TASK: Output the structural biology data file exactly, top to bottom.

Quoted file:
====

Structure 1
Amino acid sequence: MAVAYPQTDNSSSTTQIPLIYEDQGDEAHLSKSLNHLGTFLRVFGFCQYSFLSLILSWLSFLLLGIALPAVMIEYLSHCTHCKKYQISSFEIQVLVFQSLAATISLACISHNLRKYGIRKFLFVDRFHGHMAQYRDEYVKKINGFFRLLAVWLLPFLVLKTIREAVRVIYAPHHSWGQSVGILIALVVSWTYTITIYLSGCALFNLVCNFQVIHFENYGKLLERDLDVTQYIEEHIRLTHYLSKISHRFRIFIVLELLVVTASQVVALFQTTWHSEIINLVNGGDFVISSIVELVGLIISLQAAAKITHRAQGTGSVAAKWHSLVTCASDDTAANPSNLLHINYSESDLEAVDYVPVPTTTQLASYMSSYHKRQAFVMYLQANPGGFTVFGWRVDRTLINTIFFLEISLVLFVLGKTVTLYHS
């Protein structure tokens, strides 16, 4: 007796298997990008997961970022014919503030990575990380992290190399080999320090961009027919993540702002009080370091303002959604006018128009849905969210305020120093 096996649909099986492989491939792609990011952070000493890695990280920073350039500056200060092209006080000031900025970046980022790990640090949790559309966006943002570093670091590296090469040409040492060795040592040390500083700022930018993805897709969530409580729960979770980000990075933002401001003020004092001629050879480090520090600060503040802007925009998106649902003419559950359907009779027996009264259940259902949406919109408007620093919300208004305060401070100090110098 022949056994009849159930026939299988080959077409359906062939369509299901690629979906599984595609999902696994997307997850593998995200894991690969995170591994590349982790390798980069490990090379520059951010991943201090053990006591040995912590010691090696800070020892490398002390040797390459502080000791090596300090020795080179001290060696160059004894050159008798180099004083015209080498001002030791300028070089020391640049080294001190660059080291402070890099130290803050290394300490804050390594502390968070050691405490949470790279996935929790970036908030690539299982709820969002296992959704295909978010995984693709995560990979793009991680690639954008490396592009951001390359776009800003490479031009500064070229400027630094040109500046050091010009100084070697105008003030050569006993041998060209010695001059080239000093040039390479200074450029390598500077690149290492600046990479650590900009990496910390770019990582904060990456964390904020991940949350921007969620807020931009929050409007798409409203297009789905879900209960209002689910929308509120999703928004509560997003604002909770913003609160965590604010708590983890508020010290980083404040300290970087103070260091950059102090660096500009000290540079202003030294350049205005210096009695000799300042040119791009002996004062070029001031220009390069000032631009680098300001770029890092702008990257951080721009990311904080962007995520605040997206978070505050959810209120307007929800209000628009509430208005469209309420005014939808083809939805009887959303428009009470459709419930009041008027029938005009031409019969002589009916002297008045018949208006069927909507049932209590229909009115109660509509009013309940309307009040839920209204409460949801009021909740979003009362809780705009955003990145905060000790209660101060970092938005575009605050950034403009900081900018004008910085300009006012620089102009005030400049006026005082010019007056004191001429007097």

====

Structure 1
Amino acid sequence: MAVAYPQTDNSSSTTQIPLIYEDQGDEAHLSKSLNHLGTFLRVFGFCQYSFLSLILSWLSFLLLGIALPAVMIEYLSHCTHCKKYQISSFEIQVLVFQSLAATISLACISHNLRKYGIRKFLFVDRFHGHMAQYRDEYVKKINGFFRLLAVWLLPFLVLKTIREAVRVIYAPHHSWGQSVGILIALVVSWTYTITIYLSGCALFNLVCNFQVIHFENYGKLLERDLDVTQYIEEHIRLTHYLSKISHRFRIFIVLELLVVTASQVVALFQTTWHSEIINLVNGGDFVISSIVELVGLIISLQAAAKITHRAQGTGSVAAKWHSLVTCASDDTAANPSNLLHINYSESDLEAVDYVPVPTTTQLASYMSSYHKRQAFVMYLQANPGGFTVFGWRVDRTLINTIFFLEISLVLFVLGKTVTLYHS
């Protein structure tokens, strides 16, 4: 007796298997990008997961970022014919503030990575990380992290190399080999320090961009027919993540702002009080370091303002959604006018128009849905969210305020120093 096996649909099986492989491939792609990011952070000493890695990280920073350039500056200060092209006080000031900025970046980022790990640090949790559309966006943002570093670091590296090469040409040492060795040592040390500083700022930018993805897709969530409580729960979770980000990075933002401001003020004092001629050879480090520090600060503040802007925009998106649902003419559950359907009779027996009264259940259902949406919109408007620093919300208004305060401070100090110098 022949056994009849159930026939299988080959077409359906062939369509299901690629979906599984595609999902696994997307997850593998995200894991690969995170591994590349982790390798980069490990090379520059951010991943201090053990006591040995912590010691090696800070020892490398002390040797390459502080000791090596300090020795080179001290060696160059004894050159008798180099004083015209080498001002030791300028070089020391640049080294001190660059080291402070890099130290803050290394300490804050390594502390968070050691405490949470790279996935929790970036908030690539299982709820969002296992959704295909978010995984693709995560990979793009991680690639954008490396592009951001390359776009800003490479031009500064070229400027630094040109500046050091010009100084070697105008003030050569006993041998060209010695001059080239000093040039390479200074450029390598500077690149290492600046990479650590900009990496910390770019990582904060990456964390904020991940949350921007969620807020931009929050409007798409409203297009789905879900209960209002689910929308509120999703928004509560997003604002909770913003609160965590604010708590983890508020010290980083404040300290970087103070260091950059102090660096500009000290540079202003030294350049205005210096009695000799300042040119791009002996004062070029001031220009390069000032631009680098300001770029890092702008990257951080721009990311904080962007995520605040997206978070505050959810209120307007929800209000628009509430208005469209309420005014939808083809939805009887959303428009009470459709419930009041008027029938005009031409019969002589009916002297008045018949208006069927909507049932209590229909009115109660509509009013309940309307009040839920209204409460949801009021909740979003009362809780705009955003990145905060000790209660101060970092938005575009605050950034403009900081900018004008910085300009006012620089102009005030400049006026005082010019007056004191001429007097």